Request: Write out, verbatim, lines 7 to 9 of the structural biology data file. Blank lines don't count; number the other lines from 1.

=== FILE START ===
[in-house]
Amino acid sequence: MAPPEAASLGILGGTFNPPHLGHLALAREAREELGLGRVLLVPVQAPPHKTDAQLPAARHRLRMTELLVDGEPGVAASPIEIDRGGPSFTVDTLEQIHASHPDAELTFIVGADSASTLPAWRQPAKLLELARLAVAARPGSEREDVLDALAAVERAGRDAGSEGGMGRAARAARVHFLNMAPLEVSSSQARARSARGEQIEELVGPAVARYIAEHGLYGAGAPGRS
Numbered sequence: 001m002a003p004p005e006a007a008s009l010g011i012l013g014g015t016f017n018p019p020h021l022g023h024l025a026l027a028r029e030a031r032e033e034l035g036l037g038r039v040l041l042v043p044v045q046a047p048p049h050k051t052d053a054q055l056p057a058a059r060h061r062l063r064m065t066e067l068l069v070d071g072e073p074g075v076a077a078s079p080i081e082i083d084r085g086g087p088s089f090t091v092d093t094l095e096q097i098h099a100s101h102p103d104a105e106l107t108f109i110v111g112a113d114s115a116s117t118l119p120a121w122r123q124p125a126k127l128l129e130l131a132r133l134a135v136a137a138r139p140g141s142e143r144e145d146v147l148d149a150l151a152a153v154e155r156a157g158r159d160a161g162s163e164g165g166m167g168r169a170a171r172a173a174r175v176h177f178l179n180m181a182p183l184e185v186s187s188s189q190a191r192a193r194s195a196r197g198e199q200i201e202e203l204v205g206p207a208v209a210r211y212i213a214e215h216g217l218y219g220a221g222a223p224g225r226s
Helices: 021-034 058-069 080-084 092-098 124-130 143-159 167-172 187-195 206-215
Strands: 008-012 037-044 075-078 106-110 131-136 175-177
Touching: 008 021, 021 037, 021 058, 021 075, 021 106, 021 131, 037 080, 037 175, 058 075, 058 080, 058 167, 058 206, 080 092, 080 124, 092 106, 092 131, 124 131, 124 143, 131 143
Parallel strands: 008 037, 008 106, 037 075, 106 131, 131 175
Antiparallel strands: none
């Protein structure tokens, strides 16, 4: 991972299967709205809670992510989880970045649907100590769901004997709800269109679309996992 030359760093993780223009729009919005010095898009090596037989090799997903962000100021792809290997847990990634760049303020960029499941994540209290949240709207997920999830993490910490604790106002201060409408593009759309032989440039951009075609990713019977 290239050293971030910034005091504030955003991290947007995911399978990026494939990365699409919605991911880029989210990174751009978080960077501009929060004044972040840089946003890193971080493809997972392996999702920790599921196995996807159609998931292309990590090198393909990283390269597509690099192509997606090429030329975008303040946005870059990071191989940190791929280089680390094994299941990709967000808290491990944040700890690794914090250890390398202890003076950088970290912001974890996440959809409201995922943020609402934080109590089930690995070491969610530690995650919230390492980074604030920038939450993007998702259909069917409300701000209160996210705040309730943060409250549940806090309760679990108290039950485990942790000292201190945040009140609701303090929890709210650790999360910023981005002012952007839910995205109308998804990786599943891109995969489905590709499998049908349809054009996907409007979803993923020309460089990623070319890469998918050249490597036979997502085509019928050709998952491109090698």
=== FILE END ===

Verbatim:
Parallel strands: 008 037, 008 106, 037 075, 106 131, 131 175
Antiparallel strands: none
């Protein structure tokens, strides 16, 4: 991972299967709205809670992510989880970045649907100590769901004997709800269109679309996992 030359760093993780223009729009919005010095898009090596037989090799997903962000100021792809290997847990990634760049303020960029499941994540209290949240709207997920999830993490910490604790106002201060409408593009759309032989440039951009075609990713019977 290239050293971030910034005091504030955003991290947007995911399978990026494939990365699409919605991911880029989210990174751009978080960077501009929060004044972040840089946003890193971080493809997972392996999702920790599921196995996807159609998931292309990590090198393909990283390269597509690099192509997606090429030329975008303040946005870059990071191989940190791929280089680390094994299941990709967000808290491990944040700890690794914090250890390398202890003076950088970290912001974890996440959809409201995922943020609402934080109590089930690995070491969610530690995650919230390492980074604030920038939450993007998702259909069917409300701000209160996210705040309730943060409250549940806090309760679990108290039950485990942790000292201190945040009140609701303090929890709210650790999360910023981005002012952007839910995205109308998804990786599943891109995969489905590709499998049908349809054009996907409007979803993923020309460089990623070319890469998918050249490597036979997502085509019928050709998952491109090698």